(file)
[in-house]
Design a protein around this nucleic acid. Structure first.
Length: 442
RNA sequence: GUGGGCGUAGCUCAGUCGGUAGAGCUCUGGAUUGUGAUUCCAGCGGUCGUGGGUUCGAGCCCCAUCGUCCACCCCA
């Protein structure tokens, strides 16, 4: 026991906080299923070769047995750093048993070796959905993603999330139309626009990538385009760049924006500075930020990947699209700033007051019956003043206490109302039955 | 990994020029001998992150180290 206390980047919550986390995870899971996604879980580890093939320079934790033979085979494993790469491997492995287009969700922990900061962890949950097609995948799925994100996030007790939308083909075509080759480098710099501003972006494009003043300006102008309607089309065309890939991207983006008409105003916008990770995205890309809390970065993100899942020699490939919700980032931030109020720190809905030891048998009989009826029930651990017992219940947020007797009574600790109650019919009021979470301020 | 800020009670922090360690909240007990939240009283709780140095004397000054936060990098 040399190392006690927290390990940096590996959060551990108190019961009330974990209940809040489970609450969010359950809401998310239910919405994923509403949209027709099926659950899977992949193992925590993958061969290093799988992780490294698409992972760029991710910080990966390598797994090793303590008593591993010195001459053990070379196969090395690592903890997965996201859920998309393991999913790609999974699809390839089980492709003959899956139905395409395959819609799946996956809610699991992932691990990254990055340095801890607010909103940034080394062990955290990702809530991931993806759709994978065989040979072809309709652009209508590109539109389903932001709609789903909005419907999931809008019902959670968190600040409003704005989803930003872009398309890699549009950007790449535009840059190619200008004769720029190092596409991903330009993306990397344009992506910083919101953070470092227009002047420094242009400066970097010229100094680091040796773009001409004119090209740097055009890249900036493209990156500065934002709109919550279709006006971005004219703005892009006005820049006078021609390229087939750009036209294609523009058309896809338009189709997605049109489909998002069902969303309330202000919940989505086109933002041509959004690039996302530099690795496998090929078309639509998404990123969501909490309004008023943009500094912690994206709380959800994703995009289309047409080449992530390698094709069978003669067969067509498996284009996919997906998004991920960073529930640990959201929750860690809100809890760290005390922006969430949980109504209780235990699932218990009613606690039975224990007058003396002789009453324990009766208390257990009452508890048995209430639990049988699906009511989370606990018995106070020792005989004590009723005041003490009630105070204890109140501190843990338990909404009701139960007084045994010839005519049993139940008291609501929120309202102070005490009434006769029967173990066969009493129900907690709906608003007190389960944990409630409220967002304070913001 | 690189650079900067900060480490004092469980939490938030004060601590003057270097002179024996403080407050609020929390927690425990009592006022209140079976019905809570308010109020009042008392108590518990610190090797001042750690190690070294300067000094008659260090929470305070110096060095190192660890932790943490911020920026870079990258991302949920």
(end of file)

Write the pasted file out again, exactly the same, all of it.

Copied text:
[in-house]
Design a protein around this nucleic acid. Structure first.
Length: 442
RNA sequence: GUGGGCGUAGCUCAGUCGGUAGAGCUCUGGAUUGUGAUUCCAGCGGUCGUGGGUUCGAGCCCCAUCGUCCACCCCA
């Protein structure tokens, strides 16, 4: 026991906080299923070769047995750093048993070796959905993603999330139309626009990538385009760049924006500075930020990947699209700033007051019956003043206490109302039955 | 990994020029001998992150180290 206390980047919550986390995870899971996604879980580890093939320079934790033979085979494993790469491997492995287009969700922990900061962890949950097609995948799925994100996030007790939308083909075509080759480098710099501003972006494009003043300006102008309607089309065309890939991207983006008409105003916008990770995205890309809390970065993100899942020699490939919700980032931030109020720190809905030891048998009989009826029930651990017992219940947020007797009574600790109650019919009021979470301020 | 800020009670922090360690909240007990939240009283709780140095004397000054936060990098 040399190392006690927290390990940096590996959060551990108190019961009330974990209940809040489970609450969010359950809401998310239910919405994923509403949209027709099926659950899977992949193992925590993958061969290093799988992780490294698409992972760029991710910080990966390598797994090793303590008593591993010195001459053990070379196969090395690592903890997965996201859920998309393991999913790609999974699809390839089980492709003959899956139905395409395959819609799946996956809610699991992932691990990254990055340095801890607010909103940034080394062990955290990702809530991931993806759709994978065989040979072809309709652009209508590109539109389903932001709609789903909005419907999931809008019902959670968190600040409003704005989803930003872009398309890699549009950007790449535009840059190619200008004769720029190092596409991903330009993306990397344009992506910083919101953070470092227009002047420094242009400066970097010229100094680091040796773009001409004119090209740097055009890249900036493209990156500065934002709109919550279709006006971005004219703005892009006005820049006078021609390229087939750009036209294609523009058309896809338009189709997605049109489909998002069902969303309330202000919940989505086109933002041509959004690039996302530099690795496998090929078309639509998404990123969501909490309004008023943009500094912690994206709380959800994703995009289309047409080449992530390698094709069978003669067969067509498996284009996919997906998004991920960073529930640990959201929750860690809100809890760290005390922006969430949980109504209780235990699932218990009613606690039975224990007058003396002789009453324990009766208390257990009452508890048995209430639990049988699906009511989370606990018995106070020792005989004590009723005041003490009630105070204890109140501190843990338990909404009701139960007084045994010839005519049993139940008291609501929120309202102070005490009434006769029967173990066969009493129900907690709906608003007190389960944990409630409220967002304070913001 | 690189650079900067900060480490004092469980939490938030004060601590003057270097002179024996403080407050609020929390927690425990009592006022209140079976019905809570308010109020009042008392108590518990610190090797001042750690190690070294300067000094008659260090929470305070110096060095190192660890932790943490911020920026870079990258991302949920």